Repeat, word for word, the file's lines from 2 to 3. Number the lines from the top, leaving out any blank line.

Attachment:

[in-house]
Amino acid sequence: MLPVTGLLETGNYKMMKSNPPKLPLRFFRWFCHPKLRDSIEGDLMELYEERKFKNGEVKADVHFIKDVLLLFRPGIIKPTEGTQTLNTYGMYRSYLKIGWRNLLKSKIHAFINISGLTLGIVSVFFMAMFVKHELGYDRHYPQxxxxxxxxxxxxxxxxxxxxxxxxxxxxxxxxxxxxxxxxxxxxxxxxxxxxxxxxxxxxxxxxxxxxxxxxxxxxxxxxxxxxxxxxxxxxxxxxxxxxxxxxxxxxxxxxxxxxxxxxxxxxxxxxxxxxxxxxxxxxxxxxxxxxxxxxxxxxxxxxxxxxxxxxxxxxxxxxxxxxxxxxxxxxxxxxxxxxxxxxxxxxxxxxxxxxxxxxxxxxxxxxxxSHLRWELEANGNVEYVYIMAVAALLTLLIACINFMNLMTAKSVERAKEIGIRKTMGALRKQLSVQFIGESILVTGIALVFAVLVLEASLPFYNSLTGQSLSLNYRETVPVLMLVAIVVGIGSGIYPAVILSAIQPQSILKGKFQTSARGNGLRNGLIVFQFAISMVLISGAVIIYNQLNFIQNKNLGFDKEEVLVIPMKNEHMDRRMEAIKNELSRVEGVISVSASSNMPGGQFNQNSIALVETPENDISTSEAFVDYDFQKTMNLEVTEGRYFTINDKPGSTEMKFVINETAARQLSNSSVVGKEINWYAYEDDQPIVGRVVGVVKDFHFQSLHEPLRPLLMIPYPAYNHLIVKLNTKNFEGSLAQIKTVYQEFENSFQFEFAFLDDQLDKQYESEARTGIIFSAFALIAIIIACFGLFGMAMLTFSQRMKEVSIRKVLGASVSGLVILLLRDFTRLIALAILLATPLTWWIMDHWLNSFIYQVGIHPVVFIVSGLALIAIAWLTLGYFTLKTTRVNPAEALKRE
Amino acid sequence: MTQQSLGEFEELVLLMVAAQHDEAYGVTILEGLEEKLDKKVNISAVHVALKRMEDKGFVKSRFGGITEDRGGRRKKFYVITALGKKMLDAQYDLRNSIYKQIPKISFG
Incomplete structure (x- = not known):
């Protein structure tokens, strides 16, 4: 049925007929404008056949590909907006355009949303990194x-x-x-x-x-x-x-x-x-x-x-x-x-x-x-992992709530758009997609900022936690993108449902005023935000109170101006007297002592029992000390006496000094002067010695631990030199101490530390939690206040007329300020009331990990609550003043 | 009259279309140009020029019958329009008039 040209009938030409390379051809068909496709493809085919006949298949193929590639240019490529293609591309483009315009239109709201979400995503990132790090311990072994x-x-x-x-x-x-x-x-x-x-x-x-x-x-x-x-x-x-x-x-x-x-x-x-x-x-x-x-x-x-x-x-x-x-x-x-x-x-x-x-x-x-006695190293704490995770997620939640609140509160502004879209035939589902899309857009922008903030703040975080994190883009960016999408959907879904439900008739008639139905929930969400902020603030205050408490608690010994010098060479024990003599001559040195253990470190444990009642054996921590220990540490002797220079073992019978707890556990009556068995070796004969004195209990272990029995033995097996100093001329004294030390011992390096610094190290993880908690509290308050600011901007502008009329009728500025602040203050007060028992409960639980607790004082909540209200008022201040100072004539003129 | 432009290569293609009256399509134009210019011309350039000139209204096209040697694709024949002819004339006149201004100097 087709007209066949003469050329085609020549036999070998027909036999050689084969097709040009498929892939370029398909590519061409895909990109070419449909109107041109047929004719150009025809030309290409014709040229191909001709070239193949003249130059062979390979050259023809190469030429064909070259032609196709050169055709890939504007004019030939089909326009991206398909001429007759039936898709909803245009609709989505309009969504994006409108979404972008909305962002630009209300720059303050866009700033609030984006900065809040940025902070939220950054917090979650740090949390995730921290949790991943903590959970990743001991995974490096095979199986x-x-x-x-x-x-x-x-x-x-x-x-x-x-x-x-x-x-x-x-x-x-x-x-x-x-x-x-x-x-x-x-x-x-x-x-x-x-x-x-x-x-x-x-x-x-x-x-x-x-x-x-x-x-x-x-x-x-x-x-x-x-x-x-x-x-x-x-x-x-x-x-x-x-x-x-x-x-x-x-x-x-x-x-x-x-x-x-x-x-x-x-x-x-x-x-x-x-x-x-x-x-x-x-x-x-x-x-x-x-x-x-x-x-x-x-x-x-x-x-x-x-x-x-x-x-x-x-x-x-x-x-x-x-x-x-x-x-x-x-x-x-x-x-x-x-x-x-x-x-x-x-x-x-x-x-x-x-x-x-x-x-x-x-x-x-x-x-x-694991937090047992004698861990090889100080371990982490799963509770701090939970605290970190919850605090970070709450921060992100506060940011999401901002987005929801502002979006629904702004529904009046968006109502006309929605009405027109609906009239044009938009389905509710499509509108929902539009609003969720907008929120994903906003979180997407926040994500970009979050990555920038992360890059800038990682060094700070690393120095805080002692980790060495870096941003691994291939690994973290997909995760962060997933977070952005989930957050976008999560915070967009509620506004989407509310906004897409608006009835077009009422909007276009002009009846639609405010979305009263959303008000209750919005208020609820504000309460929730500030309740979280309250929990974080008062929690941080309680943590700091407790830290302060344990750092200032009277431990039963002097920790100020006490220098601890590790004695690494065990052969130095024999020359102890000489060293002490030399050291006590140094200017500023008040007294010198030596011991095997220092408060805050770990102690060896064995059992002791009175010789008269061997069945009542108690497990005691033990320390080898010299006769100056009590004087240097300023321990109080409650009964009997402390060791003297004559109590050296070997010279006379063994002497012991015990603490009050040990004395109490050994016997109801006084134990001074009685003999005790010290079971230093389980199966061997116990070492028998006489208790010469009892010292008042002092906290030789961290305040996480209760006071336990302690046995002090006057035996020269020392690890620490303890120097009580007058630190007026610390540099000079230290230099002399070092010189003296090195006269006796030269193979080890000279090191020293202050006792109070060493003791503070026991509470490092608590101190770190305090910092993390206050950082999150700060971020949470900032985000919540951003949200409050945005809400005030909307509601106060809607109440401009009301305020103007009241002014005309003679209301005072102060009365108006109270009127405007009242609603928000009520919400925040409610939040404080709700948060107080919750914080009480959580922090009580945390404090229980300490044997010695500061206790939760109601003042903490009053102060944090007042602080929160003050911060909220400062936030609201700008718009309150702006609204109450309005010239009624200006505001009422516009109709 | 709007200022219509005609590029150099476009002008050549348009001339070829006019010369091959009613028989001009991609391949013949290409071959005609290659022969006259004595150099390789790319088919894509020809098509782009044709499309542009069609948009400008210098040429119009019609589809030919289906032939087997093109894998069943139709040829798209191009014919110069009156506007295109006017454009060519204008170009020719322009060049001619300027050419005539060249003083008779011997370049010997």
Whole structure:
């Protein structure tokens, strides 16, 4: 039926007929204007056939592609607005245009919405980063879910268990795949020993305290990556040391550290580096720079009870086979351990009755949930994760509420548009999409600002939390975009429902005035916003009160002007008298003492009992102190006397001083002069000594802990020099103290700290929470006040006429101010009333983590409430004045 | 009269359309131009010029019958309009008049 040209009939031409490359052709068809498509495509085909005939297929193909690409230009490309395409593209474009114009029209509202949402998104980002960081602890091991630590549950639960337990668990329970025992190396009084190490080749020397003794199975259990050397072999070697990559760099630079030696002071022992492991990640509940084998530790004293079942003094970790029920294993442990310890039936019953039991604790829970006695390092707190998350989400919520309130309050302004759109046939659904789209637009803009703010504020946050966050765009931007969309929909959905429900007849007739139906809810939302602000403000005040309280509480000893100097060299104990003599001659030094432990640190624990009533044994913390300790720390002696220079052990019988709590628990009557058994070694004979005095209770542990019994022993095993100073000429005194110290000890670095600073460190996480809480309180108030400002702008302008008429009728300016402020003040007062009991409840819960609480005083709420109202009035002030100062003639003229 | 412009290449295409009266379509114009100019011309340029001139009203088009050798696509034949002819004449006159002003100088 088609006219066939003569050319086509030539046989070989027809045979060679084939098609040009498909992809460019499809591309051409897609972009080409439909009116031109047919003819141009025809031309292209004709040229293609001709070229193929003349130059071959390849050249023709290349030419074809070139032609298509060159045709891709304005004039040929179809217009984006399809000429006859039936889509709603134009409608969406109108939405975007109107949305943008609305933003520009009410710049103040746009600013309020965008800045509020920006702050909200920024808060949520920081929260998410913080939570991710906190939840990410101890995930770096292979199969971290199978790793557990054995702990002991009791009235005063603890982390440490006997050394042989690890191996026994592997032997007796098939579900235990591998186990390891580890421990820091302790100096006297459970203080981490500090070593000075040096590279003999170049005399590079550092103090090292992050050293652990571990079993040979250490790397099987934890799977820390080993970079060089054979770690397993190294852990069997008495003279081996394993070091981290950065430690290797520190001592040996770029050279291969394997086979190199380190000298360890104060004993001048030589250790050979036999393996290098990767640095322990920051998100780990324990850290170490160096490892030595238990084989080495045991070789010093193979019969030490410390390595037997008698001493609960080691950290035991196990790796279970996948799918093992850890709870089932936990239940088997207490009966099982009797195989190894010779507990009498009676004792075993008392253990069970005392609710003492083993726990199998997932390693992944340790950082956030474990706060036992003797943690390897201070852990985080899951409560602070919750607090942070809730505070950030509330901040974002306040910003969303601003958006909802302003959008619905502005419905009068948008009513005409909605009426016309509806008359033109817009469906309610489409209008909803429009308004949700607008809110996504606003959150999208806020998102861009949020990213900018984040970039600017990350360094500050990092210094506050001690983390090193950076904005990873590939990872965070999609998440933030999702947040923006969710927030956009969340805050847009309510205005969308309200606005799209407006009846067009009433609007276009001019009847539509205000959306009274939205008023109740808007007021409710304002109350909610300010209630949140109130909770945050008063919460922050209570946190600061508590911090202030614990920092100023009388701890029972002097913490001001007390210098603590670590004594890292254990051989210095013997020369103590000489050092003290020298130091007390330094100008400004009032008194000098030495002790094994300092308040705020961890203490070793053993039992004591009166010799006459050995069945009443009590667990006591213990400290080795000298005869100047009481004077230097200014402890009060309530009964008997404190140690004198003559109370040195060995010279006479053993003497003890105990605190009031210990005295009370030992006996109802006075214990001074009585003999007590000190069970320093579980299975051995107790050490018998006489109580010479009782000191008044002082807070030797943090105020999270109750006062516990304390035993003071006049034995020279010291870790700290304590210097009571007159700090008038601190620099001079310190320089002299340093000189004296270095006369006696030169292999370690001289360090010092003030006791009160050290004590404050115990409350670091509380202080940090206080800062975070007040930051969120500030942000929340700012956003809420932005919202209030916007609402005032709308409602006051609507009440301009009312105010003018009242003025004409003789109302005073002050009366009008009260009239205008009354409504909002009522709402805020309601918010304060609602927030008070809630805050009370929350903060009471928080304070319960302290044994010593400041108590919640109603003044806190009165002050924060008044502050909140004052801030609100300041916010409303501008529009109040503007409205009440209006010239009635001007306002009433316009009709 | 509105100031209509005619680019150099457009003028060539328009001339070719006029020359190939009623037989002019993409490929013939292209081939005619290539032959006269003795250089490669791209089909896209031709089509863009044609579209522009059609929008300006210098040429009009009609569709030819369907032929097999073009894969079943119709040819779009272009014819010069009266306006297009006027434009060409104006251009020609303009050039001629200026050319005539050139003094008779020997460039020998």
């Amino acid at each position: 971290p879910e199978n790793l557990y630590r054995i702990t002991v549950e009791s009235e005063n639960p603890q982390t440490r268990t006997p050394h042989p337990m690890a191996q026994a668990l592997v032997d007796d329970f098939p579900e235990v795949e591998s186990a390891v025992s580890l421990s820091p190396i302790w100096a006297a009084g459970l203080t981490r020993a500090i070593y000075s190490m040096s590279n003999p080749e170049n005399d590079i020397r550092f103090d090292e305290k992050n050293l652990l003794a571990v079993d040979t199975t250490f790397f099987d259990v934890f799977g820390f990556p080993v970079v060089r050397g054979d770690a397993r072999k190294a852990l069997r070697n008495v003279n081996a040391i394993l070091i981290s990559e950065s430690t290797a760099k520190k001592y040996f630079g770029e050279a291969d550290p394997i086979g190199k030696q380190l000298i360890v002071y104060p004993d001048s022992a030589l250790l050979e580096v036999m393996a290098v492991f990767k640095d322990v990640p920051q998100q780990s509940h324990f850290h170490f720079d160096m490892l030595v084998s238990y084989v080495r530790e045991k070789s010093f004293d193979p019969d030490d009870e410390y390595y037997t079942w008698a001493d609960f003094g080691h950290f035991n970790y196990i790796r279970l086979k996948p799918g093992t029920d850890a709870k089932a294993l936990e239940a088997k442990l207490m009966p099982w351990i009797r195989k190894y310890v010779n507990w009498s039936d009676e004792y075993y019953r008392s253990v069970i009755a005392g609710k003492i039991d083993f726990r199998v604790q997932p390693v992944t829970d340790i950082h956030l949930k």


Amino acid sequence: MLPVTGLLETGNYKMMKSNPPKLPLRFFRWFCHPKLRDSIEGDLMELYEERKFKNGEVKADVHFIKDVLLLFRPGIIKPTEGTQTLNTYGMYRSYLKIGWRNLLKSKIHAFINISGLTLGIVSVFFMAMFVKHELGYDRHYPQxxxxxxxxxxxxxxxxxxxxxxxxxxxxxxxxxxxxxxxxxxxxxxxxxxxxxxxxxxxxxxxxxxxxxxxxxxxxxxxxxxxxxxxxxxxxxxxxxxxxxxxxxxxxxxxxxxxxxxxxxxxxxxxxxxxxxxxxxxxxxxxxxxxxxxxxxxxxxxxxxxxxxxxxxxxxxxxxxxxxxxxxxxxxxxxxxxxxxxxxxxxxxxxxxxxxxxxxxxxxxxxxxxSHLRWELEANGNVEYVYIMAVAALLTLLIACINFMNLMTAKSVERAKEIGIRKTMGALRKQLSVQFIGESILVTGIALVFAVLVLEASLPFYNSLTGQSLSLNYRETVPVLMLVAIVVGIGSGIYPAVILSAIQPQSILKGKFQTSARGNGLRNGLIVFQFAISMVLISGAVIIYNQLNFIQNKNLGFDKEEVLVIPMKNEHMDRRMEAIKNELSRVEGVISVSASSNMPGGQFNQNSIALVETPENDISTSEAFVDYDFQKTMNLEVTEGRYFTINDKPGSTEMKFVINETAARQLSNSSVVGKEINWYAYEDDQPIVGRVVGVVKDFHFQSLHEPLRPLLMIPYPAYNHLIVKLNTKNFEGSLAQIKTVYQEFENSFQFEFAFLDDQLDKQYESEARTGIIFSAFALIAIIIACFGLFGMAMLTFSQRMKEVSIRKVLGASVSGLVILLLRDFTRLIALAILLATPLTWWIMDHWLNSFIYQVGIHPVVFIVSGLALIAIAWLTLGYFTLKTTRVNPAEALKRE
Amino acid sequence: MTQQSLGEFEELVLLMVAAQHDEAYGVTILEGLEEKLDKKVNISAVHVALKRMEDKGFVKSRFGGITEDRGGRRKKFYVITALGKKMLDAQYDLRNSIYKQIPKISFG